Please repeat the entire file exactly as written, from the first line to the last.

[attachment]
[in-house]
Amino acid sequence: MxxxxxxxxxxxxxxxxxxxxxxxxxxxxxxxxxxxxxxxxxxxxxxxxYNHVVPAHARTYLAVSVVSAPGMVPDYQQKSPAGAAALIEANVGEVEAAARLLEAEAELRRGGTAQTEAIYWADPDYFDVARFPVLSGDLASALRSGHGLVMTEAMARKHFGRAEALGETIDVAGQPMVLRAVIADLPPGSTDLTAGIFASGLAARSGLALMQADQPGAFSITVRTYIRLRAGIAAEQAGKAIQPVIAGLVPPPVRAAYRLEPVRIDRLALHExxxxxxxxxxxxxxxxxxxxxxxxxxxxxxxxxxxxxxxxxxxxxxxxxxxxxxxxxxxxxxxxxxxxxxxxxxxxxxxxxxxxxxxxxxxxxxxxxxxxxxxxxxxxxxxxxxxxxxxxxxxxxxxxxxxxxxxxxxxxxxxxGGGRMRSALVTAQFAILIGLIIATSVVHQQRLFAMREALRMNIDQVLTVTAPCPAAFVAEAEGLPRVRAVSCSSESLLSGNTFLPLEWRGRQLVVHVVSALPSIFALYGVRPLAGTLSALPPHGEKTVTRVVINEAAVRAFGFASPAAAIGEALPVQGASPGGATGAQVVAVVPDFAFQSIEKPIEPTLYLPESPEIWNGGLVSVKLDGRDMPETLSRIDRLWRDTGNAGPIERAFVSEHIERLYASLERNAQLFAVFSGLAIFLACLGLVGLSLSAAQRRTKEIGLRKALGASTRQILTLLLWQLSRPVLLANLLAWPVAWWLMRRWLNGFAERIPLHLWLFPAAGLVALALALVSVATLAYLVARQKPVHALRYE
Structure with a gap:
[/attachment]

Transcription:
[in-house]
Amino acid sequence: MxxxxxxxxxxxxxxxxxxxxxxxxxxxxxxxxxxxxxxxxxxxxxxxxYNHVVPAHARTYLAVSVVSAPGMVPDYQQKSPAGAAALIEANVGEVEAAARLLEAEAELRRGGTAQTEAIYWADPDYFDVARFPVLSGDLASALRSGHGLVMTEAMARKHFGRAEALGETIDVAGQPMVLRAVIADLPPGSTDLTAGIFASGLAARSGLALMQADQPGAFSITVRTYIRLRAGIAAEQAGKAIQPVIAGLVPPPVRAAYRLEPVRIDRLALHExxxxxxxxxxxxxxxxxxxxxxxxxxxxxxxxxxxxxxxxxxxxxxxxxxxxxxxxxxxxxxxxxxxxxxxxxxxxxxxxxxxxxxxxxxxxxxxxxxxxxxxxxxxxxxxxxxxxxxxxxxxxxxxxxxxxxxxxxxxxxxxxGGGRMRSALVTAQFAILIGLIIATSVVHQQRLFAMREALRMNIDQVLTVTAPCPAAFVAEAEGLPRVRAVSCSSESLLSGNTFLPLEWRGRQLVVHVVSALPSIFALYGVRPLAGTLSALPPHGEKTVTRVVINEAAVRAFGFASPAAAIGEALPVQGASPGGATGAQVVAVVPDFAFQSIEKPIEPTLYLPESPEIWNGGLVSVKLDGRDMPETLSRIDRLWRDTGNAGPIERAFVSEHIERLYASLERNAQLFAVFSGLAIFLACLGLVGLSLSAAQRRTKEIGLRKALGASTRQILTLLLWQLSRPVLLANLLAWPVAWWLMRRWLNGFAERIPLHLWLFPAAGLVALALALVSVATLAYLVARQKPVHALRYE
Structure with a gap: